I have to provide a proof that a halfopen line $L_a:={𝑥 ∈ ℝ:x > a}$ is uncountable.

I have used Schröder-Bernstein-Cantor and tried to show that an injection exists between $L_a$ and $ℝ$ an injection between $ℝ$ and $L_a$ to conclude that a bijective function exists between $ℝ$ and $L_a$ to prove that $L_a$ is uncountable.

I chose the following two functions:

$f:L_a \rightarrow ℝ:x \rightarrow x$ is injective

$g:ℝ \rightarrow L_a:x \rightarrow a+e^x$ is injective

It follows that a bijection exists between both sets, so $L_a$ is uncountable.

EDIT: corrected use of SBC, it should now work.

Thanks for your feedback.

  • 1
    $\begingroup$ You are using Schröder-Bernstein-Cantor Theorem wrongly. $\endgroup$ Jul 6 at 7:26
  • 1
    $\begingroup$ Doesn't Schroder-Bernstein require injections in both directions. $\endgroup$
    – Noobie
    Jul 6 at 7:27
  • $\begingroup$ @Cpc you're right. Thanks for pointing that out, I noted it wrong in my notes. $\endgroup$
    – VickyG
    Jul 6 at 7:30
  • $\begingroup$ Yeah, your two functions give the same inequality. You don't need a bijection. Just the other direction. $\endgroup$
    – Noobie
    Jul 6 at 7:31
  • $\begingroup$ Do you know that an interval is uncountable? $\endgroup$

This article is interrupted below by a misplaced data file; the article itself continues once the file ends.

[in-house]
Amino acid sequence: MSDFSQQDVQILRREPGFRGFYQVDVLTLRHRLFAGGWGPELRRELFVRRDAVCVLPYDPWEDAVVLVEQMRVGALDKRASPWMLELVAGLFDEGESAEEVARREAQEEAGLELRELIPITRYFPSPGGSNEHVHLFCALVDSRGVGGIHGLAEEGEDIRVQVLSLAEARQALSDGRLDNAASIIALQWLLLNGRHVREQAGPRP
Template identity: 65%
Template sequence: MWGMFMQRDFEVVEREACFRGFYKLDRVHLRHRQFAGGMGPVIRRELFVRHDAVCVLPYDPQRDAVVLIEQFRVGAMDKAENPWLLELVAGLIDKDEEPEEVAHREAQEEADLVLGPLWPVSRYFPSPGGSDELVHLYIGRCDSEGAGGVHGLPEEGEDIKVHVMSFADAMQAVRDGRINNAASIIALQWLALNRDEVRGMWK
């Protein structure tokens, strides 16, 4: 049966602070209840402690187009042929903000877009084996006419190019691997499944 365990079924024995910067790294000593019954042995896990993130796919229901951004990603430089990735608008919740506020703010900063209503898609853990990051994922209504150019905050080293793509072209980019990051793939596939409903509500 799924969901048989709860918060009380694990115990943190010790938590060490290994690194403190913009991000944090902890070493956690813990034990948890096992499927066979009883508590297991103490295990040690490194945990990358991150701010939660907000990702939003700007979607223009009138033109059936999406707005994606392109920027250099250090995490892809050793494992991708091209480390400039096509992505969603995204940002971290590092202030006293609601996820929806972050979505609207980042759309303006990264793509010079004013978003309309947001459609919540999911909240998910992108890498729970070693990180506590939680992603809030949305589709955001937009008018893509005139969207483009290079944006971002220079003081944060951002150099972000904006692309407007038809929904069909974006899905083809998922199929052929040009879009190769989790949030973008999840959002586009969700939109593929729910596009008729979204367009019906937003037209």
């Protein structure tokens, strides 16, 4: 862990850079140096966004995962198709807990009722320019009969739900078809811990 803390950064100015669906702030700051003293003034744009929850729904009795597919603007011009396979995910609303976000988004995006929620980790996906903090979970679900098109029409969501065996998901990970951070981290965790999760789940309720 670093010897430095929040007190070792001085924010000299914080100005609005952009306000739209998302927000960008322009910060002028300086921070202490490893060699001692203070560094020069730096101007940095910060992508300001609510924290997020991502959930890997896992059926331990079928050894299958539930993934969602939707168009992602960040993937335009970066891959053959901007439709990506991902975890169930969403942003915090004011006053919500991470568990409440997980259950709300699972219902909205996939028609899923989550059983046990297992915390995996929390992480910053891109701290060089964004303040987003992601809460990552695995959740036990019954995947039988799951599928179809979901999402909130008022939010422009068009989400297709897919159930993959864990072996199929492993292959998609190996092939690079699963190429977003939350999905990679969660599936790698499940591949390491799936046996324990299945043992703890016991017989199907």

– Noobie
    Jul 6 at 7:36

3 Answers 3


The function $g$ doesn't make sense. For instance, $g(-1)\notin L_a$.

You can simply say that the function$$\begin{array}{ccc}\Bbb R&\longrightarrow&L_a\\x&\mapsto&a+e^x\end{array}$$is a bijection. Therefore, $L_a$ is uncountable.

  • $\begingroup$ Thanks! I wanted to solve this using Schröder-Bernstein-Cantor, but I think I have it corrected now. $\endgroup$
    – VickyG
    Jul 6 at 7:35

Let $R_a:= \{x \in \mathbb R: x<a\}$ and define $f: L_a \to R_a$ by $f(x)=2a-x.$

Then $f$ is a bijection. Suppose that $L_a$ is countable, then $R_a$ is countable, hence

$$\mathbb R= L_a \cup R_a \cup \{a\}$$

is countable, a contradiction.


An interval is uncountable:

$$\tan:(-\pi/2,\pi/2)\to\Bbb R$$ is a bijection.

But any two (finite) open intervals are isomorphic (there's a bijection between them): $(c,d)\leftrightarrow(a,b)$ by $$x\to \dfrac{(d-x)}{(d-c)}a+\dfrac{(c-x)}{(c-d)}b$$.

Thus $L_a$ is uncountable, because it contains an interval.

  • 2
    $\begingroup$ Your bijection doesn't work when $b=\infty$ $\endgroup$
    – jjagmath
    Aug 3 at 13:11

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